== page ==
May release

As announced, here is the may release for 1GAM. A very, very small game.

The lack of time to spend on 1GAM is really annoying, but it will be better in July - though not a lot better - and I hope I will be able to release more ambitious games then.

However, a game is a game, so here's the Windows download for Catch the cat!


Emergency game

Hi all.

Due to the encroaching exams, I have had less time than I thought I would have. That's why I decided to reuse an old game I had made a while ago on about a day.

The objective is really simple: all you have to do is catch the kittens that are falling out of the sky. If you drop more than 10 kittens, you lose. Can you save them all?


First screenshot of Duel (WIP!)

I promised I would post more screenshots. Well, here is a screenshot. It's a shot of the main menu of the game. Beware: everything is a work in progress! (Also beware of my abhorrent drawing skills)

(Click the image for a higher resolution version)

Until later!


May game

Hello, 1GAMers, frequent visitors and passers-by. It's the month of May! This means it's time for another game. The thought also just entered my mind that I didn't 'review' HTML5 and JavaScript as a means to game development. I must get to that some time.

This month, I will be making an online simultaneous turn based fighting game. Kind of like a mix of Guild Wars 2, DoTA. But on a smaller scale, and only supporting 1v1. Kind of like the battles in Pokémon, but with simultaneous turns. Yeah, that's pretty much it.

Some of the features of the game (which is currently very excitingly called "Duel") are:

  • Lots of characters(*) to choose from, each with different skills and stats
  • Strategic gameplay
  • Highscores to keep track of the best players in the world
  • A native client for Windows and Linux (Mac support might be included)
(*) I've deliberately decided not to call these "heroes", for those people who like playing "antiheroes". I've always found it rather silly that for example Necromancers in Guild Wars, who are drawn to destructive and black magic, were also portrayed as little angels skipping around on a rainbow singing "Let's save the world!"

Since the first 2000 lines of code I have so far are mainly a framework to build the game on, I can't show anything yet. Screenshots will follow later, though! As soon as I've got something to show, it'll appear on here (and I'll notify any followers on Twitter).

Until then!


Boing release

As I said before, April's release is very small. Tiny. Probably so small you'll only play it once. Don't say I overhyped it, because I didn't. In fact, it's almost not worthy of being called a game. But hey, I made it in about half an hour.

So why did I make it?

Well. A certain game called Guild Wars 2 recently added a (huge!) minigame called "Super Adventure Box", which is in the end a bit of a jumping puzzle. One particular part infuriated me and some of my friends. I decided to recreate it in a little stylized game, to see how long we could all last in such a puzzle.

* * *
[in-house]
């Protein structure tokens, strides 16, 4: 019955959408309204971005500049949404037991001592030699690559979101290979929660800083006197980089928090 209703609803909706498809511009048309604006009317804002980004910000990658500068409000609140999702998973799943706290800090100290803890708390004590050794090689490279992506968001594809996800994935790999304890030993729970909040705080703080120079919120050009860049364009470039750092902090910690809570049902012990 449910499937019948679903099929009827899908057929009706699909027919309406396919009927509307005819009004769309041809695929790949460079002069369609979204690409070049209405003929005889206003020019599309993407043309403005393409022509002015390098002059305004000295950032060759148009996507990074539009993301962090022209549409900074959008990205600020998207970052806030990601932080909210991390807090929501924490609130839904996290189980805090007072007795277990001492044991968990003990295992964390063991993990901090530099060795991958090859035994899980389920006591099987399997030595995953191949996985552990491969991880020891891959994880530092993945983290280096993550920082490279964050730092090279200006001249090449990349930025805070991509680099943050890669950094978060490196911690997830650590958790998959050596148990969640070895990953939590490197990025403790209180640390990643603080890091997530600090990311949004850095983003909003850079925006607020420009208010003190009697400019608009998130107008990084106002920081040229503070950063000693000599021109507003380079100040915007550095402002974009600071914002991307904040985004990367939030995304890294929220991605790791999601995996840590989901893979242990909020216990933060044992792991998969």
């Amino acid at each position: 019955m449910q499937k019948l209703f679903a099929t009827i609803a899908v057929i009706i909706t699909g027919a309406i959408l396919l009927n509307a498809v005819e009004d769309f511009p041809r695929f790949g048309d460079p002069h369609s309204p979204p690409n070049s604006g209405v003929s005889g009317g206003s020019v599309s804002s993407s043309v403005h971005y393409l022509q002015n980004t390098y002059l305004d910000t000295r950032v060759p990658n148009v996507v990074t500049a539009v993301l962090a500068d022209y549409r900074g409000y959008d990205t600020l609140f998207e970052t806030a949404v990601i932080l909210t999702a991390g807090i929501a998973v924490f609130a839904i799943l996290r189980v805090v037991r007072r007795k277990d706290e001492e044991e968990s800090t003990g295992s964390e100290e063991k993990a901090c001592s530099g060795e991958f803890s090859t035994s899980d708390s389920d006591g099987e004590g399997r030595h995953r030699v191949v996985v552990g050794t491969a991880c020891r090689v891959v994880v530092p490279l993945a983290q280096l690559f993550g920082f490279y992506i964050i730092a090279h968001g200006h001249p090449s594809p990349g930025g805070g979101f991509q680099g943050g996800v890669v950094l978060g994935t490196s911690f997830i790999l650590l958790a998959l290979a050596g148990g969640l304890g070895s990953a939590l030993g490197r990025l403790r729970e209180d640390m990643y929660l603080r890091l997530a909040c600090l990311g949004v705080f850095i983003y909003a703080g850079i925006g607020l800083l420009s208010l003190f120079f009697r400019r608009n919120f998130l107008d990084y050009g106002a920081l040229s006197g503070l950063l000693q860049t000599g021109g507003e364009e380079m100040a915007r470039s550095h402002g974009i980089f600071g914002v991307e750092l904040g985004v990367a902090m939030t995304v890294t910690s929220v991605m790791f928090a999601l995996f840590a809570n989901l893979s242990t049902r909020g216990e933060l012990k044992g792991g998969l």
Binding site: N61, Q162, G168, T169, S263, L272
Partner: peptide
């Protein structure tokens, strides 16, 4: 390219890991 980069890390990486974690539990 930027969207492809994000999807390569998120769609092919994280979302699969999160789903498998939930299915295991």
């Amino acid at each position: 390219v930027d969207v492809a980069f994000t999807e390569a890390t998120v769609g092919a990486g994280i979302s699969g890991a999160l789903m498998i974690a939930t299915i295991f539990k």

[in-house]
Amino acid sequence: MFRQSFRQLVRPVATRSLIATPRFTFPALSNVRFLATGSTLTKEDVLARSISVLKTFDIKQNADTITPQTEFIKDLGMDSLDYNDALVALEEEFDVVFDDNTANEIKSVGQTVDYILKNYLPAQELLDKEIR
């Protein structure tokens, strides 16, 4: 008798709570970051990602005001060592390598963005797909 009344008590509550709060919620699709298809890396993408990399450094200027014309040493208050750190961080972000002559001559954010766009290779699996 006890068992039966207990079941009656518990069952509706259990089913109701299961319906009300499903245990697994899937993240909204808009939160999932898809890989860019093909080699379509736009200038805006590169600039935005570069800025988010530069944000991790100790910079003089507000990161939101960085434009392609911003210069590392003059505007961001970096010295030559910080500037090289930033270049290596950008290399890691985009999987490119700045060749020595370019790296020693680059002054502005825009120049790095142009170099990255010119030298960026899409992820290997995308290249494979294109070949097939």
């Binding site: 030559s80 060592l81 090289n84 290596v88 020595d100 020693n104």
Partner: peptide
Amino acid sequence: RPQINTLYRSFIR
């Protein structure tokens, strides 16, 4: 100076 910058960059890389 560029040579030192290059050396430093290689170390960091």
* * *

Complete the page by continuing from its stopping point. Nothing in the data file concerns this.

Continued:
Well, here it is. Boing. Playable entirely in your web browser (if you have the Unity Web Player, that is). Enjoy.


April entry

My entry for April will be a small game, given that I still need to start and that I'm working on other stuff (and I have real life obligations, too). It will be very stylized and fit into the keyword for April, which is "Spring". The game will be called "Boing!". More info will follow later.

Sorry for the recent lack of blog posts. I've been really busy. Come July I should become more active and produce more content-rich blog posts again, like in January.

See you later!


Playing Vortex Battle against yourself is hard

I think it's time to show off my latest game. It's based on a very popular game, with some added twists. It's Vortex Battle!

Vortex Battle is a game based on Pong. Essentially, it's Pong, but in a circle. With nice colours. And powerups. Vortex Battle is made entirely with JavaScript, and runs in your browser (well, not yet, just mine at the moment) through a website made with HTML5 and CSS. This is my first adventure with JavaScript, but everything is going rather well.

Here's a screenshot of me owning myself:
Watch out, yellow! Green is about to score a point.
Vortex Battle is played by two people on the same keyboard. The goal is to make the ball leave the Vortex. However, if your enemy was the last to touch it, make sure it doesn't!
That might be a little confusing, so there are some graphical hints to help you. The ball is made out of very volatile energy (it isn't, really, but just play along for now) and takes the colour of whatever paddle touched it last. This means that if I'm playing as green and I manage to stop the ball from leaving the vortex, it will now have my colour. If yellow doesn't stop it from leaving the Vortex (the white circle), I will score a point!

Currently, the core gameplay is in place. I will be adding powerups later to make the gameplay more challenging.

All of the source code will be available freely online.